Geelong’s pedestrians have only months to wait for a world-leading reinforced geopolymer bridge which is an innovative collaboration between Advanced Fibre Cluster members.
The engineering research project made global headlines when The Economist magazine featured the novel approach, adopted by Cluster member Austeng, Deakin University and the City of Greater Geelong, as well as concrete solutions company, Rocla.
Proof load testing has just been successfully completed, and the first bridge is expected to be operational in situ in the first quarter of 2021.
The bridge will look like a regular concrete pedestrian bridge but the geopolymer innovation addresses the multiple challenges of concrete cancer, embedded energy, lifecycle costs and the circular economy.
Austeng Managing Director Ross George says the project is a perfect example of cluster members uniting to combine different experiences and skillsets.
“It is also a good example of how procurement can influence technology,”– Mr George
To encourage sustainable innovation in line with its community-led clever and creative vision, the City of Greater Geelong, with support from Cleantech Innovations Geelong, had tendered for a 100-year maintenance-free pedestrian bridge in 2017.
The tender invited companies to come up with solutions to the costly maintenance problem associated with traditional bridges – usually made of timber, steel or concrete – which cost the City around $500,000 to inspect, repair, maintain and replace each year.
Deakin University civil engineering experts Kazem Ghabraie and Mahbube Subhani completed the design of the bridges using durable carbon and glass fibre reinforced polymer.
The long-chain polymer is made by mixing fly ash, a coal industry by-product, and caustic at room temperature, emitting 80 per cent less CO2 emissions than manufacturing of conventional concrete. Cement is estimated to represent 7 per cent of the world’s CO2 emissions.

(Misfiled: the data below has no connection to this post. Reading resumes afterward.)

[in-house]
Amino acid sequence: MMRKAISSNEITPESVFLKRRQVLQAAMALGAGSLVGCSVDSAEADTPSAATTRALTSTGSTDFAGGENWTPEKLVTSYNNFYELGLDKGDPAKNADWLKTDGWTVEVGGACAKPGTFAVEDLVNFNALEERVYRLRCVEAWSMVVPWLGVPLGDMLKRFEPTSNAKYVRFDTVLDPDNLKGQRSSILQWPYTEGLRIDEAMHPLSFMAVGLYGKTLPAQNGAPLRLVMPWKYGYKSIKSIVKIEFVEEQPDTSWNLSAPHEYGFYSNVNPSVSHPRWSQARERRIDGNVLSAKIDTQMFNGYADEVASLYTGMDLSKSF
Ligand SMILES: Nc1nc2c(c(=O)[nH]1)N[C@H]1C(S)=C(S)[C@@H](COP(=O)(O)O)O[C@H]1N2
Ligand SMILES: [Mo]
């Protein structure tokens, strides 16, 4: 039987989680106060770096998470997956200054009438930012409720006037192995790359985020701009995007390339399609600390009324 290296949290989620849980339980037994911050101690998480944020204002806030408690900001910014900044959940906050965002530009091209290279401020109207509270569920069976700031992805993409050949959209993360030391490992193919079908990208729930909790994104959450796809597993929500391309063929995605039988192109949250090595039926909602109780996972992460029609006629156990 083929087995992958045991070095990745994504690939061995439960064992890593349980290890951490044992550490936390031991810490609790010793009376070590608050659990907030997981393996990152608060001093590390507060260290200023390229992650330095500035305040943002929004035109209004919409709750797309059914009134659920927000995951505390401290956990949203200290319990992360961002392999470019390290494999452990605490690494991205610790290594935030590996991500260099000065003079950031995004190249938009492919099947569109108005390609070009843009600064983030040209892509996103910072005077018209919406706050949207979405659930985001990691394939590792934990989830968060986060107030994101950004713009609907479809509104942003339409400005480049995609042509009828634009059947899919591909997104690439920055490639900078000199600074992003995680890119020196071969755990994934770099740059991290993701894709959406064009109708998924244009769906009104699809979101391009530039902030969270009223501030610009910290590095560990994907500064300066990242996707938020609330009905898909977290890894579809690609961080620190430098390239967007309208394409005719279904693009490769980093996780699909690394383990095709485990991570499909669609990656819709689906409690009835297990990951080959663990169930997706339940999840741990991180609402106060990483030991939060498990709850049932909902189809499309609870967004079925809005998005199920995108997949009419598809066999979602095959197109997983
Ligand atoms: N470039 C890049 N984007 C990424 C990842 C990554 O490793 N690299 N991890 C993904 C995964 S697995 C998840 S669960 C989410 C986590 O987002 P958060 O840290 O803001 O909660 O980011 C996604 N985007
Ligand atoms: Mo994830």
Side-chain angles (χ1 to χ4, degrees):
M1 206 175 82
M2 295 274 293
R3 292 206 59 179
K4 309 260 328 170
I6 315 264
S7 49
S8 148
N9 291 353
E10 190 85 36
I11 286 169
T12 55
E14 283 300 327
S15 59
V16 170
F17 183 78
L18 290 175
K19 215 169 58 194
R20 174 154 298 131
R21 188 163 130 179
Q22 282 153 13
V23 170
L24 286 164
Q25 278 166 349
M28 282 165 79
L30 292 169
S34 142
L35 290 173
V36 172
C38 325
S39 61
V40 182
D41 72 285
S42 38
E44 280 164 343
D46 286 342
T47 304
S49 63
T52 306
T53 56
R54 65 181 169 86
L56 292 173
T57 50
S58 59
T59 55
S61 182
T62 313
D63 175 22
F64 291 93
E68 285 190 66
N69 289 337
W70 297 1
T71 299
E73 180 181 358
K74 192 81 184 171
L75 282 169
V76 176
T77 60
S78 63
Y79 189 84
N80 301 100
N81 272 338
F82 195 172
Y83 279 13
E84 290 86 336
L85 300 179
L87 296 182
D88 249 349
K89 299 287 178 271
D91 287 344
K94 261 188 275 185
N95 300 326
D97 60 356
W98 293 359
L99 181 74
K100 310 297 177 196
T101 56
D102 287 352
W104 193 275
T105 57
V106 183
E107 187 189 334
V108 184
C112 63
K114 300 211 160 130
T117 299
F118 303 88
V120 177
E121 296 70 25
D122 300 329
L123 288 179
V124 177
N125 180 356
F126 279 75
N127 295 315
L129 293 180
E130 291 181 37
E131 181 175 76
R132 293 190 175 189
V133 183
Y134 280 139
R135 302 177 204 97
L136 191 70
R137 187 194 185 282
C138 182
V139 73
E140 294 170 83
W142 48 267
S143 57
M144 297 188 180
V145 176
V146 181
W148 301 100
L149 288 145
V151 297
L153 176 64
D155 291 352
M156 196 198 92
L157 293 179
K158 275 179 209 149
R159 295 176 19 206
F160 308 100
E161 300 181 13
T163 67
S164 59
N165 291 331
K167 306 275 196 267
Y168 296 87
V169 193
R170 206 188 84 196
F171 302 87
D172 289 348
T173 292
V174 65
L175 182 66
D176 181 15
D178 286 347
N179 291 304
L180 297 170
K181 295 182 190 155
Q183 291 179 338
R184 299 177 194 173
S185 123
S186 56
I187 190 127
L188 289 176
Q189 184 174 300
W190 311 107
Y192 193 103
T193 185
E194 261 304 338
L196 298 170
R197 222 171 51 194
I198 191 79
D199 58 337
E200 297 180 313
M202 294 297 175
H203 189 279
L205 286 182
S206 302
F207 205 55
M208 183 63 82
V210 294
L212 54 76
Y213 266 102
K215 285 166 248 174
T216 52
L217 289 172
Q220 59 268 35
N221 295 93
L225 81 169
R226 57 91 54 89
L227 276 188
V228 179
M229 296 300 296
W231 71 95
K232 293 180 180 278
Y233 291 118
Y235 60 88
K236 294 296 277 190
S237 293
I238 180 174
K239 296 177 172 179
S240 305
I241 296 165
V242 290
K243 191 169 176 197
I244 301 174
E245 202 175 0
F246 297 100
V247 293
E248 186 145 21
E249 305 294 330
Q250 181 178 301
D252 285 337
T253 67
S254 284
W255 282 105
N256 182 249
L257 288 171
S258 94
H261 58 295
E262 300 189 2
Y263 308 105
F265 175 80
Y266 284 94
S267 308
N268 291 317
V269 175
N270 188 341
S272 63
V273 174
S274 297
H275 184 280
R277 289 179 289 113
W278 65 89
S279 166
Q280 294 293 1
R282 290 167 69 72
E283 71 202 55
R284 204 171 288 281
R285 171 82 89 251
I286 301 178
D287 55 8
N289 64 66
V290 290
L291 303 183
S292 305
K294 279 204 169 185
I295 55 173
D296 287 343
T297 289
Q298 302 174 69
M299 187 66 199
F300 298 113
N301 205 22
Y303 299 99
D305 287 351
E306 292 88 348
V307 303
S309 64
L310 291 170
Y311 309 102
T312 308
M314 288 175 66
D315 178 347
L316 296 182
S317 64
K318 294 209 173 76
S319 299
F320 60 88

The project is proof Rocla’s geopolymer product can “confidently and reliably be designed for large structures,” Mr George says, with many possible applications such as precast walls, pipes and railway sleepers – anything which is conventionally made from concrete.
“We’re proud to say that the results show the bridge is behaving as we expected under maximum loading conditions. We’re excited that every test we have completed has given us as expected, or better than expected, results,” Mr George said.
The material is also perfect for the foundations, which sit in an acidic area on the site of an old road pitch plant yet will not deteriorate despite high sulphur levels.
“That was no issue for the reinforced geopolymer, which was perfectly suited for the application,” Mr George says.
“The bridge is finished and assembled in our carpark. We have just installed the handrails so it finally looks like a real pedestrian bridge. We are currently designing the manufacturing piers and headstocks ready for site installation.”– Mr George
Crucially, the project solves the age-old challenge of concrete cancer in steel-reinforced concrete as the carbon fibre reinforced geopolymer beams do away with the need for traditional steel reinforcement which are subject to rust, triggering expansion, cracks and weakening, limiting the lifespan of structures.
The project was partly funded by a Federal Government grant to the Advanced Fibre Cluster Geelong.
Austeng specialises in equipment design and production, including the development of high-tech graves with a space-saving patented prefabricated system using water-resistant geopolymer concrete walls which offer up to 20 percent more efficient use of land.
The first two bridges to be replaced with the new design are timber structures over Cowies Creek in Deppler Park (“Seagull Paddock”).